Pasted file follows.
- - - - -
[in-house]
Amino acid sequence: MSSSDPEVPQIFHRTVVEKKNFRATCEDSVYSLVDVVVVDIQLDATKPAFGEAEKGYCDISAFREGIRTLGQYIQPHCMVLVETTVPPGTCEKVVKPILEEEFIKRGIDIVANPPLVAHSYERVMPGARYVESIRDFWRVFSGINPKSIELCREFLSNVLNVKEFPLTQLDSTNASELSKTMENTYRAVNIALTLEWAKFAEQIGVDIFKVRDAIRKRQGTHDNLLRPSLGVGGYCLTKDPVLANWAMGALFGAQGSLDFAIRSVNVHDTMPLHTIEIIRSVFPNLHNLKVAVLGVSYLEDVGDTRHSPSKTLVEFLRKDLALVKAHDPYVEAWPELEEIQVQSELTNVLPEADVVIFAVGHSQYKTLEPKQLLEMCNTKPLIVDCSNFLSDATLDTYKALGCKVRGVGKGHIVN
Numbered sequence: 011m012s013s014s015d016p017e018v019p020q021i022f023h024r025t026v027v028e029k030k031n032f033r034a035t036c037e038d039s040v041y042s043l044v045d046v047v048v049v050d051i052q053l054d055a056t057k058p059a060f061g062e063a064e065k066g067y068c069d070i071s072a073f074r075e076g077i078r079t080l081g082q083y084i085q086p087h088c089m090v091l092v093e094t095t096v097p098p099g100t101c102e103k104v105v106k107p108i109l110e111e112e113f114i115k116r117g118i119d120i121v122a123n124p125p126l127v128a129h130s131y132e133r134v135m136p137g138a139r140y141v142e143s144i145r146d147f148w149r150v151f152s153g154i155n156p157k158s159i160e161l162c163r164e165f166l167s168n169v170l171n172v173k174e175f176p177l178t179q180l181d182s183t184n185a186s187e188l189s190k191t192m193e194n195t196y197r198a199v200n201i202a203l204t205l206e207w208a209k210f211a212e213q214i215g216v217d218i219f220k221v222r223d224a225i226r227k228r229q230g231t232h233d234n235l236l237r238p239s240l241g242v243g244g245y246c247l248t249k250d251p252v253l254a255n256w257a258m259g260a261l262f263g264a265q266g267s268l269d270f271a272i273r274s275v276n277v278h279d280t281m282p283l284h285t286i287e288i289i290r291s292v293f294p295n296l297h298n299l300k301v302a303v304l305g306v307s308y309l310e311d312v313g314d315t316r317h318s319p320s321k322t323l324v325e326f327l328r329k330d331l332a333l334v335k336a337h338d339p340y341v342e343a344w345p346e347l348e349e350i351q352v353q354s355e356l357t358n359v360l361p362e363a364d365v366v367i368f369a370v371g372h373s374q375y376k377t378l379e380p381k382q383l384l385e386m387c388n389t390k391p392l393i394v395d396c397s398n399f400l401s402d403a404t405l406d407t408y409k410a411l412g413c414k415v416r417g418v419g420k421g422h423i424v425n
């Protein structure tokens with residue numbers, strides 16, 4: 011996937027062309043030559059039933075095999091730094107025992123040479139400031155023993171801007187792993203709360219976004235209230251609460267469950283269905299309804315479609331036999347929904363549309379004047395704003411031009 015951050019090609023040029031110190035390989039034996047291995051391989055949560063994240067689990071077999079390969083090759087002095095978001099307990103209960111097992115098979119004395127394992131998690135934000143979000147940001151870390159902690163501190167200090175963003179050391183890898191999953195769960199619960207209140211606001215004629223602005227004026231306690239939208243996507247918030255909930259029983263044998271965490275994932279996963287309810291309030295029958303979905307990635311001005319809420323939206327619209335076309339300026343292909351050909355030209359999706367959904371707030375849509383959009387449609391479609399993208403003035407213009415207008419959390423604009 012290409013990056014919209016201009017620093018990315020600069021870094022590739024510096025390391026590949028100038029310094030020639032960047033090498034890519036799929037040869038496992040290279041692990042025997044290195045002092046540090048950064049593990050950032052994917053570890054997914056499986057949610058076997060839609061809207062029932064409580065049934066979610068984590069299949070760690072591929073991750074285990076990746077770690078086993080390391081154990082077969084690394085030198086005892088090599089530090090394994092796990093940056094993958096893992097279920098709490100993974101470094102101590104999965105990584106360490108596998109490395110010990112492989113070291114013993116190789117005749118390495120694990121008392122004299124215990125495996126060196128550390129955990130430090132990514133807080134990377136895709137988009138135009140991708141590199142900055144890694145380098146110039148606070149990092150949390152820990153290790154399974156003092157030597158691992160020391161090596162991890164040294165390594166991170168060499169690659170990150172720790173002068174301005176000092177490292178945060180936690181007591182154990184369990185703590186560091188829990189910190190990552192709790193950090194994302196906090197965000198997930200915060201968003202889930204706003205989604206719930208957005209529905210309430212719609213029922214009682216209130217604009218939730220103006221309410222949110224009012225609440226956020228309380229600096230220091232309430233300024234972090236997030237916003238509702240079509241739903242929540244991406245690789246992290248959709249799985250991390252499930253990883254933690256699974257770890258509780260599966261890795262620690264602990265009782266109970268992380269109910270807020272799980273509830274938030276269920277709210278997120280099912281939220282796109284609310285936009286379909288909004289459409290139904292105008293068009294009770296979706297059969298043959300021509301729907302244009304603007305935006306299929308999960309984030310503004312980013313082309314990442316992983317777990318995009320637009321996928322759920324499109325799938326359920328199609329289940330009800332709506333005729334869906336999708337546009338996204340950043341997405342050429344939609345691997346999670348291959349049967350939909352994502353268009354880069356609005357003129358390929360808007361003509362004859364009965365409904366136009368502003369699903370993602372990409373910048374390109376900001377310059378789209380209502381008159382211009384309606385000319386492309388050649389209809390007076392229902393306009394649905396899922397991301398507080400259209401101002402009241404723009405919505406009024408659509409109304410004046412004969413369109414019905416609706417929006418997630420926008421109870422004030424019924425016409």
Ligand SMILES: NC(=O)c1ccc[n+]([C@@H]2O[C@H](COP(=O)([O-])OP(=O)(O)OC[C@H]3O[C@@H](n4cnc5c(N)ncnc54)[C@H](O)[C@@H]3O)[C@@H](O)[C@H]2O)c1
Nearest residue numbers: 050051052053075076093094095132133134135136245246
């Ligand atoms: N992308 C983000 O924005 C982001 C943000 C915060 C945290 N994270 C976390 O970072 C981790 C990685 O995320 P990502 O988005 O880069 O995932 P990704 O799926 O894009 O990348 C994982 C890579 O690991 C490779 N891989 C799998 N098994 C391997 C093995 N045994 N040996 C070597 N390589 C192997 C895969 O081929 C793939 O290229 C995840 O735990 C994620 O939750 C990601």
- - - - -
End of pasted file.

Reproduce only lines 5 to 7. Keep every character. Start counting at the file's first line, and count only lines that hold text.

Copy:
Ligand SMILES: NC(=O)c1ccc[n+]([C@@H]2O[C@H](COP(=O)([O-])OP(=O)(O)OC[C@H]3O[C@@H](n4cnc5c(N)ncnc54)[C@H](O)[C@@H]3O)[C@@H](O)[C@H]2O)c1
Nearest residue numbers: 050051052053075076093094095132133134135136245246
């Ligand atoms: N992308 C983000 O924005 C982001 C943000 C915060 C945290 N994270 C976390 O970072 C981790 C990685 O995320 P990502 O988005 O880069 O995932 P990704 O799926 O894009 O990348 C994982 C890579 O690991 C490779 N891989 C799998 N098994 C391997 C093995 N045994 N040996 C070597 N390589 C192997 C895969 O081929 C793939 O290229 C995840 O735990 C994620 O939750 C990601």